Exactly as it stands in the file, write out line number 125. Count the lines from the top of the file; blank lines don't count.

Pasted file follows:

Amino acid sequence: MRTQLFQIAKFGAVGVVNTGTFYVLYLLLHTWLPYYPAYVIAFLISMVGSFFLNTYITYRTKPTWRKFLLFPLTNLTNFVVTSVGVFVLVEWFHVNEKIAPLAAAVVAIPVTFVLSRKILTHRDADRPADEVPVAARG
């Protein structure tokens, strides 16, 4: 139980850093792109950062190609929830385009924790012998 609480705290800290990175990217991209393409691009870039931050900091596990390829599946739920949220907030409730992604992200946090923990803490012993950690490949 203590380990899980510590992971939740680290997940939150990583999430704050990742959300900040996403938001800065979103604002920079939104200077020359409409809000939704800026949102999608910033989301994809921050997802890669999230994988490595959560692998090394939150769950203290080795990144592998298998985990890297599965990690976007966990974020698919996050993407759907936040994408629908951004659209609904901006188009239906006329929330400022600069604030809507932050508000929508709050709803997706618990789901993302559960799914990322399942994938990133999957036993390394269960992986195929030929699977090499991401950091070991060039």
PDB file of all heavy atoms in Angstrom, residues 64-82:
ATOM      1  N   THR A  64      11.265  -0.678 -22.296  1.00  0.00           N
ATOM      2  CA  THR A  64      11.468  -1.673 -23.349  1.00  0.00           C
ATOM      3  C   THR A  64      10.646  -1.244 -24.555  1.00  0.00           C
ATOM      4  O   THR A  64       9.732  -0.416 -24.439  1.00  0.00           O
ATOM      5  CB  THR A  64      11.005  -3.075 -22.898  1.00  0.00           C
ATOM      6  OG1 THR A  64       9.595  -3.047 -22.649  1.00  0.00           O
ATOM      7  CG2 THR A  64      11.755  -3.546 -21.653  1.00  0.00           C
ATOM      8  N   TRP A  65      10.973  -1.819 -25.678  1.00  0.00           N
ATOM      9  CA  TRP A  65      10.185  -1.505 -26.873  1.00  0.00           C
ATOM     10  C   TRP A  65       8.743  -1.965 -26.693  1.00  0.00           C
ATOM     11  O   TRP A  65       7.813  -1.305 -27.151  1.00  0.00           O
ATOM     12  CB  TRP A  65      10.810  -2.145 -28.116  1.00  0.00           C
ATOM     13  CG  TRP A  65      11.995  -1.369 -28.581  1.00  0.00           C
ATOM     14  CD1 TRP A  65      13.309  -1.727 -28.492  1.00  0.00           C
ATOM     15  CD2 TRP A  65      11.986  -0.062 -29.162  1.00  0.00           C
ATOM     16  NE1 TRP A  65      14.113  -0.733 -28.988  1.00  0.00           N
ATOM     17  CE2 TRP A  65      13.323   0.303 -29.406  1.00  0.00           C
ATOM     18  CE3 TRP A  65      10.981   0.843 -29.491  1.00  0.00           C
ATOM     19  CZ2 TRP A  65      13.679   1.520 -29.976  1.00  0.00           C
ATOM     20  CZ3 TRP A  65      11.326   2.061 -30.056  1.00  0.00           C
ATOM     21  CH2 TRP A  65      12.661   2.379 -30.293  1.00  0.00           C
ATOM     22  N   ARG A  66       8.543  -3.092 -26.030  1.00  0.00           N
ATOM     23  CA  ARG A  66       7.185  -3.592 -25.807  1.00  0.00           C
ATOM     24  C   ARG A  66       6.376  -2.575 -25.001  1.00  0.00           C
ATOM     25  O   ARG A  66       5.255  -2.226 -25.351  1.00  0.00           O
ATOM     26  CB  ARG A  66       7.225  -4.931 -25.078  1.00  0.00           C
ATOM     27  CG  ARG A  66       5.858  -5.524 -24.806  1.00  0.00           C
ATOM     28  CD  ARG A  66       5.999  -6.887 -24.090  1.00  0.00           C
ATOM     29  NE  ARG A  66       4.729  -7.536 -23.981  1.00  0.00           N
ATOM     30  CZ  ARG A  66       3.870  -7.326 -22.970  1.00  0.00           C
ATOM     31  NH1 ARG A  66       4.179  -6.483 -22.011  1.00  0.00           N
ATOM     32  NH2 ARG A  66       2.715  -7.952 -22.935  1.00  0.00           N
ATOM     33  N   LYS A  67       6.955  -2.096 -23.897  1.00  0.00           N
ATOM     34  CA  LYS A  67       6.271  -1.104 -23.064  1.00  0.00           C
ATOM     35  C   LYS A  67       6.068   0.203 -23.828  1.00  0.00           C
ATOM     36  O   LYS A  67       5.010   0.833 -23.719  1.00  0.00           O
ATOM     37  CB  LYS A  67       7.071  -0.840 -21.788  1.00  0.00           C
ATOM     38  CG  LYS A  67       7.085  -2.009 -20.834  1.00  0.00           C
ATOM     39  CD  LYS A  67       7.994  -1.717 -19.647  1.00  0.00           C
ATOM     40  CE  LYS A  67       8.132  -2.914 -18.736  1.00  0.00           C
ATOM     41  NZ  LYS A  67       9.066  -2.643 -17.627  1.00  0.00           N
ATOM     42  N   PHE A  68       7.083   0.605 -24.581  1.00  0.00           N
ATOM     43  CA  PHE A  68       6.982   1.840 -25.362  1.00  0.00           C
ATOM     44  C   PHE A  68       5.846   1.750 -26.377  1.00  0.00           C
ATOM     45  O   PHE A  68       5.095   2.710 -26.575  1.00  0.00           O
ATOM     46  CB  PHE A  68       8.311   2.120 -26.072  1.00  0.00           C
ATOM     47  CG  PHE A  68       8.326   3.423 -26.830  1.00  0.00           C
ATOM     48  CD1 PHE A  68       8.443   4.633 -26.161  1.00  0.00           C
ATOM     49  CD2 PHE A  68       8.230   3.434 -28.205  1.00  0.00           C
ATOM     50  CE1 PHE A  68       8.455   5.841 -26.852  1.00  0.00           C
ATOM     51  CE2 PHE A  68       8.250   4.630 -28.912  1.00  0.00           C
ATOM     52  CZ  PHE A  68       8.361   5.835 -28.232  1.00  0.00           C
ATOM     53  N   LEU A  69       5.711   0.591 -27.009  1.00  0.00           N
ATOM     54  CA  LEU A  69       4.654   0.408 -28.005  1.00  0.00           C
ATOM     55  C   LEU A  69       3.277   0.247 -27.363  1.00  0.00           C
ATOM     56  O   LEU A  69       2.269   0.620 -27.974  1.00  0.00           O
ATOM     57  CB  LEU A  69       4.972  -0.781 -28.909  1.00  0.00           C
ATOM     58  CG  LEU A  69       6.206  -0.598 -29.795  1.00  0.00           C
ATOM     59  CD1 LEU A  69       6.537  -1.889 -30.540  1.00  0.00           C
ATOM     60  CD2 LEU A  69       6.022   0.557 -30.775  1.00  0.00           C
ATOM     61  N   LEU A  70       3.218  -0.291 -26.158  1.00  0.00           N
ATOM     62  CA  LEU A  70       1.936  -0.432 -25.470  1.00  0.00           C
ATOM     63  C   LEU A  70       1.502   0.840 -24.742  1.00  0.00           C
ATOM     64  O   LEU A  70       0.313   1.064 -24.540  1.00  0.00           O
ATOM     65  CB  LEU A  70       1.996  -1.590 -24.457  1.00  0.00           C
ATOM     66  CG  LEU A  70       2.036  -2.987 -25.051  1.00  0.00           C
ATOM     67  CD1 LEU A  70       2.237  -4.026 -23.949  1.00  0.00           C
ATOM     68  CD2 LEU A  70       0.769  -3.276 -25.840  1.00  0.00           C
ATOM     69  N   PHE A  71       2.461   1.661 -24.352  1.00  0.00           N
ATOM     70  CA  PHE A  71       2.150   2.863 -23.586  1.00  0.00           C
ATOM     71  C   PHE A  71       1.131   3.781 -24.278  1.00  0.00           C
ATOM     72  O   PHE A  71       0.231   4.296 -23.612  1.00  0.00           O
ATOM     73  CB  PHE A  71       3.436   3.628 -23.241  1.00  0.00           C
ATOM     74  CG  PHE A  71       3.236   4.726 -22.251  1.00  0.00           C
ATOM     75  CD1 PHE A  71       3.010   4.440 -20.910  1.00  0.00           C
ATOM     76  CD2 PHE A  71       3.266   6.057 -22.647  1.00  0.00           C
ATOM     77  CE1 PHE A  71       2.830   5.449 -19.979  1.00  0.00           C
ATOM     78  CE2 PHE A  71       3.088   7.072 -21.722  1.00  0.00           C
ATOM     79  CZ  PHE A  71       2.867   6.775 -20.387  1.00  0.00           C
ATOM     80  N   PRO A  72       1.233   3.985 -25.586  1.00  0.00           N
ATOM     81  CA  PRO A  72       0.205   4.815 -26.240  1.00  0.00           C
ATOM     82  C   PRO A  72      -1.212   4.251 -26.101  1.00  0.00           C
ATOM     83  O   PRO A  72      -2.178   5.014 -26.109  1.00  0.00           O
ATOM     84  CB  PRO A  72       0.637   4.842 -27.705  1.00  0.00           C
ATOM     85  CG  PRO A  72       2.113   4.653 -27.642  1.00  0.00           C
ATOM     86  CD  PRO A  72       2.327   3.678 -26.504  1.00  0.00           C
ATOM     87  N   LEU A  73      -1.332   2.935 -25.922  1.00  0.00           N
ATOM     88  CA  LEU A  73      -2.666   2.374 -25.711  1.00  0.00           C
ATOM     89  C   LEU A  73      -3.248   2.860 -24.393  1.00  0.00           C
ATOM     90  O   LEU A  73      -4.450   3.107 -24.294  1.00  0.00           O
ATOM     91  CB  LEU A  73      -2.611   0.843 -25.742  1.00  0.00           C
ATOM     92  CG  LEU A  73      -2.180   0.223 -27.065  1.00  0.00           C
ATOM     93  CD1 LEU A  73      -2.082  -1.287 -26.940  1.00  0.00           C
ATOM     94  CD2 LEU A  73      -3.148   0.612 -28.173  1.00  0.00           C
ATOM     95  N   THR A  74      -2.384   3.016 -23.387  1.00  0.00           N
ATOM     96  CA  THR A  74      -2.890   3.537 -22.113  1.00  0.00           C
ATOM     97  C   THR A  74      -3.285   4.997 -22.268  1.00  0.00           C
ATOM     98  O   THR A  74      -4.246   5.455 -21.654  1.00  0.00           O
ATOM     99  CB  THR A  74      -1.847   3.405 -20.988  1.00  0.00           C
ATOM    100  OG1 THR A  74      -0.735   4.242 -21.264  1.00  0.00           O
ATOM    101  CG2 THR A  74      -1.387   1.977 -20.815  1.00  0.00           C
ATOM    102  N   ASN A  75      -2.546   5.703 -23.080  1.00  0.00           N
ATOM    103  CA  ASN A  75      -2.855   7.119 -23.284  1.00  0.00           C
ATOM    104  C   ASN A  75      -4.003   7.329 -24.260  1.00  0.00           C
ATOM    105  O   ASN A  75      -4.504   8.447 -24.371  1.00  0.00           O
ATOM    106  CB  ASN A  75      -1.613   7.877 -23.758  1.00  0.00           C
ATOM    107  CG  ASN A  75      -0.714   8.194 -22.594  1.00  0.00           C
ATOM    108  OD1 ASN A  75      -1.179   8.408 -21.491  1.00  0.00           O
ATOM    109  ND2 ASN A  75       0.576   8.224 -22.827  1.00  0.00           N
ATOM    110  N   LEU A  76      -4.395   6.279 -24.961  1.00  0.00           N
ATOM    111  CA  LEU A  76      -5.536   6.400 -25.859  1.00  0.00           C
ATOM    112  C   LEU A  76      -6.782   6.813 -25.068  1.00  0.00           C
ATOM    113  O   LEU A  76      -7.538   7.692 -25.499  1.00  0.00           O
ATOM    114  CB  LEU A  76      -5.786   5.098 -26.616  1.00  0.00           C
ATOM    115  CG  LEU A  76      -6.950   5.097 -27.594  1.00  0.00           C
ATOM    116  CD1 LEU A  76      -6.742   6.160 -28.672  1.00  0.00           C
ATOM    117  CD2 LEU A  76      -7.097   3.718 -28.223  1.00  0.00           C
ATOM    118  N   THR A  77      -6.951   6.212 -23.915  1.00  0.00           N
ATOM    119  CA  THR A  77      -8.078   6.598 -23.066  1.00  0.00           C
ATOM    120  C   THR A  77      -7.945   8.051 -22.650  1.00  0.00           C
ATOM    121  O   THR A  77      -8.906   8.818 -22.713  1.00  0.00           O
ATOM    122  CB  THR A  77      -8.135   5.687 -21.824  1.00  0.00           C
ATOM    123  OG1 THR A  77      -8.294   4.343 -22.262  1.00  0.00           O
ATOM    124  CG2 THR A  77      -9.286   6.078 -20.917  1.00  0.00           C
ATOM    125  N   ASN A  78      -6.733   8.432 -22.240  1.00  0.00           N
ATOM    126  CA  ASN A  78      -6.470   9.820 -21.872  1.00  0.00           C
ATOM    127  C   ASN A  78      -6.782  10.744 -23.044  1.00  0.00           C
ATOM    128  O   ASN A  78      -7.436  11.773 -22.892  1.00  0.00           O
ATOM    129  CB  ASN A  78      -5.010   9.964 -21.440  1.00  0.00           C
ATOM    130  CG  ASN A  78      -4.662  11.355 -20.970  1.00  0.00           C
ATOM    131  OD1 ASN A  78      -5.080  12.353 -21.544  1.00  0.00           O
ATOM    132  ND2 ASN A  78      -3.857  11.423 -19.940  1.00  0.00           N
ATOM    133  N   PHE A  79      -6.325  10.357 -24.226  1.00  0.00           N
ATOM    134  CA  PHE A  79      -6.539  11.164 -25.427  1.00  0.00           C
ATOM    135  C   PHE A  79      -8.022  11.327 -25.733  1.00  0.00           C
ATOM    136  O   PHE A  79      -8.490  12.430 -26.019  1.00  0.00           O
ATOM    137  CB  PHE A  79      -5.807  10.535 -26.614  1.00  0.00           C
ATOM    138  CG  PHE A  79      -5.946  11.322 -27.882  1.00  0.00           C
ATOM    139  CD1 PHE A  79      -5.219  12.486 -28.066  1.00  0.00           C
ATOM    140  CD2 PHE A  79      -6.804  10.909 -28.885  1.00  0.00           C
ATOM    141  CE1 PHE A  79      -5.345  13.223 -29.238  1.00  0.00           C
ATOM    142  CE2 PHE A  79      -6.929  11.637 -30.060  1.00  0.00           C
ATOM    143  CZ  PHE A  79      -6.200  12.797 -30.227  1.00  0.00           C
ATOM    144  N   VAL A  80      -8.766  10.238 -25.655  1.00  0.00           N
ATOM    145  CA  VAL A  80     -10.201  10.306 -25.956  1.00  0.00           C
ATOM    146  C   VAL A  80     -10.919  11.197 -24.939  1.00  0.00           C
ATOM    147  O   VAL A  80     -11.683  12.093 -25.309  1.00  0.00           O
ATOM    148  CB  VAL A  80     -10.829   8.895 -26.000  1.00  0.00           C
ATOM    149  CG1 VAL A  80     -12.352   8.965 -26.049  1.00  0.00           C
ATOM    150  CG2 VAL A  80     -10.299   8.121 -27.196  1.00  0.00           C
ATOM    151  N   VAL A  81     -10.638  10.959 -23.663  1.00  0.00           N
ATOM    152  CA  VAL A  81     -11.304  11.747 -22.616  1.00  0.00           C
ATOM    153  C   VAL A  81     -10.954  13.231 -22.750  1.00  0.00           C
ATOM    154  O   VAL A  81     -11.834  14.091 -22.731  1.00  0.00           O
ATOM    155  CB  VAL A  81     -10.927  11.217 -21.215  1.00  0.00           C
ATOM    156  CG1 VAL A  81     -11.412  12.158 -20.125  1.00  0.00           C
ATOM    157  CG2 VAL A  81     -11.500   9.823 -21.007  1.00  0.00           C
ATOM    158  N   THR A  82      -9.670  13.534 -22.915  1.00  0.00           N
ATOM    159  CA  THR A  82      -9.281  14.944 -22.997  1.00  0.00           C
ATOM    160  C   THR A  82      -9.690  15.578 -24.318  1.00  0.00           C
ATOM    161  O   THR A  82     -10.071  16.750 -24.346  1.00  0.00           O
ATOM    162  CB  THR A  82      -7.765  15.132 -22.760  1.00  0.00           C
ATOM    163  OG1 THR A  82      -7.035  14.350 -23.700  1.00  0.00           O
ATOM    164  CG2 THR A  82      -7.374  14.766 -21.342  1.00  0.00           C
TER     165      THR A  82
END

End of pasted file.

ATOM    122  CB  THR A  77      -8.135   5.687 -21.824  1.00  0.00           C